Standard Free Shipping On All Orders Over $55. US Only.
NEW NEW NEW: 20/20 PLANT-BASED FIBER/PROTEIN POWDER IS HERE!!!!
Check out our FREE 20/20 Plant-Based E-Book for delicious and healthy recipes!
January 28th, 2019

Did You Know: Eating Fried Chicken REALLY Isn’t All That Great For You

The secret to living longer may have something to do with fried foods… and not in the way we would have hoped.

 

Research finds eating fried chicken every day could mean a shorter life…

We all know we should be eating apples over French fries, carrot sticks over Oreos, and steering clear of anything deep fried. While some things are easier said than done, the choice to forgo the fried chicken sammy, for the simply grilled version may be even easier as research now links regularly eating fried foods to increased risk of death.*

The 2019 study, recently published in the medical journal, The BMJ, explored the prospective association between fried food consumption and mortality in American women, and found regular consumption of a serving of fried chicken or fish to be associated with heightened risk of death in postmenopausal women from any cause, except cancer.

The prospective cohort study examined the eating habits of over 100,000 woman between the ages of 50 to 79 across the United States via questionnaire data for 18 years, up until to February 2017. Researchers looked at how often they ate 122 different foods, including chicken, fish, shellfish, french fries, tortilla chips, and tacos. Over that time, 31,588 of the women passed away, and 8,358 of those deaths were the result of cardiovascular problems. After accounting for other factors related to mortality including education level, income, lifestyle and overall diet quality, researchers found that the woman who ate one or more servings of fried food a day had an 8% higher chance of dying early compared to those who did not indulge in fried foods. Specifically, those who consumed fried chicken once or more per day had a 13% higher risk of death, and those who enjoyed fried fish or shellfish daily were at a 7% greater risk of death.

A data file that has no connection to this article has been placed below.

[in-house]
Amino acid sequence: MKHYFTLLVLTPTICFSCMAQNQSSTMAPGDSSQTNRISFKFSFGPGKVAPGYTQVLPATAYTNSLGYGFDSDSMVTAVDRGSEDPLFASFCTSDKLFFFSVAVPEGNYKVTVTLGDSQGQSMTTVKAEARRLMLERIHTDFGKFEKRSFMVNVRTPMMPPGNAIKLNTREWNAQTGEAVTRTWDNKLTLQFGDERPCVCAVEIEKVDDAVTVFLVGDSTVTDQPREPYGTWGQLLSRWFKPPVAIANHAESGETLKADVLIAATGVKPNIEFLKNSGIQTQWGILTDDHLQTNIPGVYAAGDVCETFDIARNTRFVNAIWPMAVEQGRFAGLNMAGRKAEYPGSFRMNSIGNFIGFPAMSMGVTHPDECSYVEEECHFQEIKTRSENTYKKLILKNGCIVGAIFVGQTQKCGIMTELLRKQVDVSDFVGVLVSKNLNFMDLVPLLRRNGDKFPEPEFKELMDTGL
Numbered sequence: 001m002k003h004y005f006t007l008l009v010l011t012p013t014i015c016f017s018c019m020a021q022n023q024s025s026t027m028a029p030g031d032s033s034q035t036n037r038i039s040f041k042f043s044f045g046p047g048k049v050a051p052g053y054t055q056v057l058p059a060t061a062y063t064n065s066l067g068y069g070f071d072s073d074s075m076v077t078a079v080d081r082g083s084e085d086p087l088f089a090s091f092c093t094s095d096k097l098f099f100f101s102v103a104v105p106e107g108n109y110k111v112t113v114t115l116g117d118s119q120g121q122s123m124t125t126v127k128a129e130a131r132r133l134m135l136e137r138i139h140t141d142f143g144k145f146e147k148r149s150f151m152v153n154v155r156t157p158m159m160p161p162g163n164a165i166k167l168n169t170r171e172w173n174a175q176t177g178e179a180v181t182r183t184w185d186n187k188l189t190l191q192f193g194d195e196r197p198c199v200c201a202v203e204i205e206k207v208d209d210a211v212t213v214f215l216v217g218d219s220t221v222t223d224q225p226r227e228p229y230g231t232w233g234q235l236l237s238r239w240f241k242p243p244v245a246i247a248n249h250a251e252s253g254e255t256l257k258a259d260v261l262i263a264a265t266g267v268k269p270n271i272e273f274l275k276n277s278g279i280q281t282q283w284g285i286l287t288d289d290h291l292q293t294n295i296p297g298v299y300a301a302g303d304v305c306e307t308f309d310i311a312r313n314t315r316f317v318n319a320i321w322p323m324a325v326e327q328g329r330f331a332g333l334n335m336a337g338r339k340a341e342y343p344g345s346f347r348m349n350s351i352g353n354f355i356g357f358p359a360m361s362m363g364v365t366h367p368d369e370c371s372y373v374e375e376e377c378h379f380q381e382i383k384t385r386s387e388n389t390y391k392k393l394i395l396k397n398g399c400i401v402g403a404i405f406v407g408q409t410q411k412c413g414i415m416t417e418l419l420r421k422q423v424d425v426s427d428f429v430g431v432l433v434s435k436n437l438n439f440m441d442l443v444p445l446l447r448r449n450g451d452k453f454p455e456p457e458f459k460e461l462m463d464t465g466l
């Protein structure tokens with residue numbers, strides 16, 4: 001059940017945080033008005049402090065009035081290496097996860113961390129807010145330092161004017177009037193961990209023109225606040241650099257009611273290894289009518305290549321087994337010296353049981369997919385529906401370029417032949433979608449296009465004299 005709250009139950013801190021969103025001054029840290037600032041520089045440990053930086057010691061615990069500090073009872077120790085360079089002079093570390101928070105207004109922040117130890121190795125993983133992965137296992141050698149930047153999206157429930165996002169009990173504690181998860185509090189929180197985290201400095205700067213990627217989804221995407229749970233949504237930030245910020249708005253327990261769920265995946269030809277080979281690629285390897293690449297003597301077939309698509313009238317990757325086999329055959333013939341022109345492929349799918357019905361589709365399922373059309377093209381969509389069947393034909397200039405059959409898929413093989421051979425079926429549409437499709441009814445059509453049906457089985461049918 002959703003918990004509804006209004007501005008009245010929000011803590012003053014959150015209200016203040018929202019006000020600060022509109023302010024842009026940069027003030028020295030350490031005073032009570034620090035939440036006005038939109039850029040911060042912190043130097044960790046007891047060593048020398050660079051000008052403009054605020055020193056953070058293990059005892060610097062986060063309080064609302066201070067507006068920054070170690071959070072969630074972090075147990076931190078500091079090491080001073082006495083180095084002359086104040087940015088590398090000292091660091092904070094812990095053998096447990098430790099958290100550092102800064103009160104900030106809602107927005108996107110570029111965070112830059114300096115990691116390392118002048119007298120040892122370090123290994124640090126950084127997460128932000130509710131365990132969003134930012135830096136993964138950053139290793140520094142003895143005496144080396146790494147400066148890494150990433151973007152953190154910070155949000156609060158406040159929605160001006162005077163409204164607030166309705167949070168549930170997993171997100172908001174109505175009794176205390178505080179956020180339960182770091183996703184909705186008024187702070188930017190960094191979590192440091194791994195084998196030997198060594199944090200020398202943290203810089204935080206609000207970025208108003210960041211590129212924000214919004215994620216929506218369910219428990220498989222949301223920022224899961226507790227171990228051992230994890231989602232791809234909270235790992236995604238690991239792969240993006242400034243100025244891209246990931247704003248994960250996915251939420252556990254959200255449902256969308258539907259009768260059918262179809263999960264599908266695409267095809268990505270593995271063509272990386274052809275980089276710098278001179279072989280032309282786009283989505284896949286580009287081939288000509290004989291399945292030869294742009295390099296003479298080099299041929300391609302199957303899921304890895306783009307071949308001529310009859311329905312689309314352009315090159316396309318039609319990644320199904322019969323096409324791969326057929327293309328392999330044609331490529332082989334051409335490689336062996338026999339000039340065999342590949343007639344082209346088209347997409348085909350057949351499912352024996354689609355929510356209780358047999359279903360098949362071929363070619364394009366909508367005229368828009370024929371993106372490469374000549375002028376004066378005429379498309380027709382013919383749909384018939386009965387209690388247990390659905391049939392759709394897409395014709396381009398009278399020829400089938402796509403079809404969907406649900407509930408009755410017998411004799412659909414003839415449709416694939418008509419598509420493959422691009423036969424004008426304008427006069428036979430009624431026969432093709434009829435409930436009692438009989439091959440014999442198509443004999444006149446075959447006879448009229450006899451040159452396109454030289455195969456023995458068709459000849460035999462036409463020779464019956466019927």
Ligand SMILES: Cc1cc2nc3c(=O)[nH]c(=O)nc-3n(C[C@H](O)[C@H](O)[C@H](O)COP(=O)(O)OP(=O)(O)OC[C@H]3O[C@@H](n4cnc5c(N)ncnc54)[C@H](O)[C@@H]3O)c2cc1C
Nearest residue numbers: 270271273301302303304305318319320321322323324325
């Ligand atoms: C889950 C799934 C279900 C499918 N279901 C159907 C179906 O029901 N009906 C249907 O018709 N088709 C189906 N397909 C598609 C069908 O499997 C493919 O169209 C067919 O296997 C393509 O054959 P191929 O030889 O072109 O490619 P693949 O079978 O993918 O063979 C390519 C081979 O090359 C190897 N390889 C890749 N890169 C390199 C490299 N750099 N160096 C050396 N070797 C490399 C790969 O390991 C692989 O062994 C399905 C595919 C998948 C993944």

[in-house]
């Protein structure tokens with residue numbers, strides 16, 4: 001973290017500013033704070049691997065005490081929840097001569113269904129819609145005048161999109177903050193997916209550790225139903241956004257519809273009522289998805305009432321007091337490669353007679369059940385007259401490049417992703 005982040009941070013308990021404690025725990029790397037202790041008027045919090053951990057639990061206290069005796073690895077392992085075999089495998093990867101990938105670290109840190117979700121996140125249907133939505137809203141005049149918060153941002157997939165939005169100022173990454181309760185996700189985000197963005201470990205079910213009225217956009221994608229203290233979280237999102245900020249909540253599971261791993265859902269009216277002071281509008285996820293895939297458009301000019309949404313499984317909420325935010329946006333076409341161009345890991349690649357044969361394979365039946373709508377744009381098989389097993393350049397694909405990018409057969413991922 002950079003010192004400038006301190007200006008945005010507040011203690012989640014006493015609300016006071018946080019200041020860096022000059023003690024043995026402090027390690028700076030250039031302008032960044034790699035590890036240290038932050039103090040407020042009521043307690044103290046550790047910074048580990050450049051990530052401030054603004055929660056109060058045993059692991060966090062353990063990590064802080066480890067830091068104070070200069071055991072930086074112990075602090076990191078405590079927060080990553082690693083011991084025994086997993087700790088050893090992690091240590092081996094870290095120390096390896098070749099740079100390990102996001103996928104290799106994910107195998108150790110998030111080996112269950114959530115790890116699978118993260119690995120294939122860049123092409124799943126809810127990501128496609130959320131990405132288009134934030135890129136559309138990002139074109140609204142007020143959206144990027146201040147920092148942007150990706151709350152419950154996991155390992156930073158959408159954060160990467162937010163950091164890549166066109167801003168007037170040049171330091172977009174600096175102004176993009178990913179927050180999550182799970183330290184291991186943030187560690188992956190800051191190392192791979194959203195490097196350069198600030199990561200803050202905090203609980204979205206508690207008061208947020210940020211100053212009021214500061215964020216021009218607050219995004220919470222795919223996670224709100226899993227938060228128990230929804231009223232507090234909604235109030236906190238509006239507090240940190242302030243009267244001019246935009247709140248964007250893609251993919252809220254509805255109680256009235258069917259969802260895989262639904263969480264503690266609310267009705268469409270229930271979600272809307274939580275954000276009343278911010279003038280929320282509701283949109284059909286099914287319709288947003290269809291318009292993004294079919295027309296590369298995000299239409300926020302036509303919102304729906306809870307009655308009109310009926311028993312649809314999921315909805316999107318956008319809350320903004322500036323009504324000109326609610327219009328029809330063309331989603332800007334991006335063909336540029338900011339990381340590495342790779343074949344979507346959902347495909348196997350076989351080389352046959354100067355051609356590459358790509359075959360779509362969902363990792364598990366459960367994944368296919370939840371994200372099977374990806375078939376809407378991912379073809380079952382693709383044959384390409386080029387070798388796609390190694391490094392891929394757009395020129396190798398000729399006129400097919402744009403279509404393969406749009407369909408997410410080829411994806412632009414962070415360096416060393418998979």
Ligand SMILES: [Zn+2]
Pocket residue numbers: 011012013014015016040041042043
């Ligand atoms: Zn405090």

While the results of this study cannot blindly be applied to everyone, the researchers note there’s little reason to think the association could be much different among younger women or men. With that being said, the researchers assert that limiting consumption of fried foods overall could be beneficial to one’s health.

So what should you do if you want to get your fry-flavors on, but not interested in decreasing your changes of longevity? Get creative. Create a crispy coating for proteins like chicken or fish like tilapia by utilizing wheat bran and seasoning; dip first in egg whites, then into your “breading” mixture, and simply bake. The same process can be used to mimic a fried eggplant dish. Chicken wings and drumsticks, french fries and tortilla chips can also be baked. Cut down on the amount of oil used when cooking wherever you can, and consider steaming foods you’d otherwise pan-fry too, like dumplings, shishito peppers, shrimp, sausages and veggies. Consider using an air fryer to cook chicken without oil, beef and french fries too. For more inspo on how to get a fried-feel, without frying check out the box below, and for more calorie-saving healthy cooking hacks, click here.


*Sun YangboLiu BuyunSnetselaar Linda GRobinson Jennifer GWallace Robert BPetersonLindsay L et al. Association of fried food consumption with all cause, cardiovascular, and cancer mortality: prospective cohort study